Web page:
There Are No Heroes
Students on the Verge in Cape Town
If there is one thing that my few years as a student filmmaker, and especially this film has taught me it’s that I would not wish the film industry on my own worst enemy. You go days without sleep, you smoke two packs a day, are near suicidal on a good day, tempting fate on a bad day and generally become misanthropic as the days go by.
But when the dust settles and you are left alone in your own private quarters of midnight, you realise that you’ve been given the opportunity to change people’s lives, their perspectives, their emotions. You can make them cry, laugh, fall in love, sit on the edge of their seat or make them feel so disgusted they want to ban your film.
The film I’m currently in production with is There Are No Heroes. It is a 48-minute science fiction film being shot in Cape Town. It is has been adapted from a cyberpunk short story called Land Of The Blind by Charlie Human; that was based on Lauren Beukes’ cult novel Moxyland and subsequently published in her international award-winning novel Zoo City in 2010.
It is set in future Cape Town several years after the meltdown of a nuclear power plant. The film follows Drew, a young single-mother and factory worker, who must fight to survive in this dystopian future ruled by a sinister pharmaceutical company, DARCORP. This cautionary tale takes a fresh look at many issues current in today’s world such as nuclear power plant development, privatisation, corrupt healthcare systems and the political climate of South Africa.
In South Africa, we seem to be living in the least nationalist time in our country’s history; where everyone is constantly asking hard questions of the government and only wondering now where it all went wrong. This sense of disbelief and helplessness is what I wanted to explore in the future South Africa premise of the film. Cyber-punk allows you to explore the man going up against the machine. The genre also allows the question of what if the hero doesn’t win? What if the guy doesn’t get the girl? What if the aliens win in the end? How do the characters feel? How do they react? How does the audience feel?
These questions make the movie unpredictable and exciting; and independent film-making allows you to explore these themes. Mainly, because we don’t have the pressures of making back a Michael Bay (Transformers) budget at the box office. This freedom does come at a price, the price of not having a Michael Bay budget.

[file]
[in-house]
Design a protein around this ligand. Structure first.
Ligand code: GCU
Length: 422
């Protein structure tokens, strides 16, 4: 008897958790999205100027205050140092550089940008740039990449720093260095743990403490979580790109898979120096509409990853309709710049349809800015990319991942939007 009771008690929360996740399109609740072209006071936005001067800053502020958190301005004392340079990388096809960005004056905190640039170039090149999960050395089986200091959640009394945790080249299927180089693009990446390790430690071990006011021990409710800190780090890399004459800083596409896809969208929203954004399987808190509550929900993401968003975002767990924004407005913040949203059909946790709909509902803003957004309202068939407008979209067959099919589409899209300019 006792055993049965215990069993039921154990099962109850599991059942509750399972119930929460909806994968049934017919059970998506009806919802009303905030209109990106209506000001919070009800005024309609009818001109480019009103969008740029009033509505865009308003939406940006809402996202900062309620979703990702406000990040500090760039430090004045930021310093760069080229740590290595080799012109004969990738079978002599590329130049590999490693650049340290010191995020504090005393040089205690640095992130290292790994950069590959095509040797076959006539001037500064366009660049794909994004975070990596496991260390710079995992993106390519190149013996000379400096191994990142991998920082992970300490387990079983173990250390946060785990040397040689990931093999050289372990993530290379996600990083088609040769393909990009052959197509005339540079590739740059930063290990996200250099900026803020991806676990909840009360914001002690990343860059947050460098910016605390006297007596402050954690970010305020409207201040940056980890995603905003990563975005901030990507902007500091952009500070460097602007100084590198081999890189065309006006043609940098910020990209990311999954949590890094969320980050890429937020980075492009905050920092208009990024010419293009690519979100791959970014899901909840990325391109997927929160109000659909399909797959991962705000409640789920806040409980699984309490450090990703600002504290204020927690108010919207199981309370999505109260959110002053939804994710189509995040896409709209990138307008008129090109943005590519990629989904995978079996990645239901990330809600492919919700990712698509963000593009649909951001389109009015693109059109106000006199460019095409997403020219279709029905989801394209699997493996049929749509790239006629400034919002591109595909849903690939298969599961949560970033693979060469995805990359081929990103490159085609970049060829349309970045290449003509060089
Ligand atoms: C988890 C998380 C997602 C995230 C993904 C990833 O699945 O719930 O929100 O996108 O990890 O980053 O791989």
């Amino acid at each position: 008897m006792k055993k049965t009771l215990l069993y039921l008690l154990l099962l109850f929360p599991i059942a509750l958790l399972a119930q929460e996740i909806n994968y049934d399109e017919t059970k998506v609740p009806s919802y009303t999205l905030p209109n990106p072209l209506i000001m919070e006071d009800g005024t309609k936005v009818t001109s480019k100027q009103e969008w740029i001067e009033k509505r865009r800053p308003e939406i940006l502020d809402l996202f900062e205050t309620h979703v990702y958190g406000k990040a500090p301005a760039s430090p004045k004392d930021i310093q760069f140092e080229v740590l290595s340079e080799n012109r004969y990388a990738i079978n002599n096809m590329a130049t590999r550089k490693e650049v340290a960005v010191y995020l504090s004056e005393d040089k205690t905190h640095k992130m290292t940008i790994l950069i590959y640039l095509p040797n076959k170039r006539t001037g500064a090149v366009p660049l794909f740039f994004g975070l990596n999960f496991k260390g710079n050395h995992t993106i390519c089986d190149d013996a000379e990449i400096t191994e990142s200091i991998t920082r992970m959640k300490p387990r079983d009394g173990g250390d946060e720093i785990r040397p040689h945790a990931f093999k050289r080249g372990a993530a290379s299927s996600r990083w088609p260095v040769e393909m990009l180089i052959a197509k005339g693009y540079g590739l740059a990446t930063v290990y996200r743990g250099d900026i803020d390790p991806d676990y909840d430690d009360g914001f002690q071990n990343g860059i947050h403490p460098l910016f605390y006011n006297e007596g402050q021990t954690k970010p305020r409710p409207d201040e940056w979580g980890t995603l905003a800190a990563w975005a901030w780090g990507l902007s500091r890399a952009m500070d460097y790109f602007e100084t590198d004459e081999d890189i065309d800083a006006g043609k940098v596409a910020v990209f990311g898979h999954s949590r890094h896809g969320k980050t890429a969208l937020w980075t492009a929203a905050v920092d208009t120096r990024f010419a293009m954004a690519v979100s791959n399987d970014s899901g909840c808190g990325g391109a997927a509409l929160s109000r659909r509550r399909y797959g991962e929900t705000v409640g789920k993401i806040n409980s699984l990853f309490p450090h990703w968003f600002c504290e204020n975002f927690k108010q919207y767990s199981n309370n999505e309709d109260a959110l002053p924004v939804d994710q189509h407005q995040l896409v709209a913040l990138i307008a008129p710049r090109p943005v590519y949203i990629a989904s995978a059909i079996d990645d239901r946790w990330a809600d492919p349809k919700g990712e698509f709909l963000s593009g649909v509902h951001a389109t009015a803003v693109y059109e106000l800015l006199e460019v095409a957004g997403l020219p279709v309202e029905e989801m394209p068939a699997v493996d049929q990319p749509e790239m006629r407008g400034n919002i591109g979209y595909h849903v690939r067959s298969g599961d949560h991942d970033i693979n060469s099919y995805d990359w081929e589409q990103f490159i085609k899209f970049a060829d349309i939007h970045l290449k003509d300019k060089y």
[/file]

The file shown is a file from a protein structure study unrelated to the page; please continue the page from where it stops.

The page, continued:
As passionate filmmakers, we were given the opportunity to extend the film from 24 minutes to 48 minutes and decided that the story would be better told in this format. Unfortunately, even with all the great sponsorship there just isn’t enough budget left to complete the extended film.
So the film needs an extra R20 000 to be completed and so we’ve have decided to use the pioneering crowd-funding website IndieGoGo to raise the additional funds, where the audience contributes to a film they want made. There Are No Heroes is yet to raise the full amount and is still looking for the audience members willing to invest from as little as R50.
We’d appreciate it if you could take some time to look at the promo video and even just tell us what you think, even if you can’t contribute. This is the revolution of film-maker meets audience member.
Once completed There Are No Heroes will be screened at the Annual AFDA Film Festival at Cinema Nouveau in Cavendish Square (Cape Town) and Rosebank Mall (Johannesburg) in late November this year, after which it will be sent to several local and international film festivals.
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Article by - Kyle Stevenson (Co-Producer / Co-Writer / Director)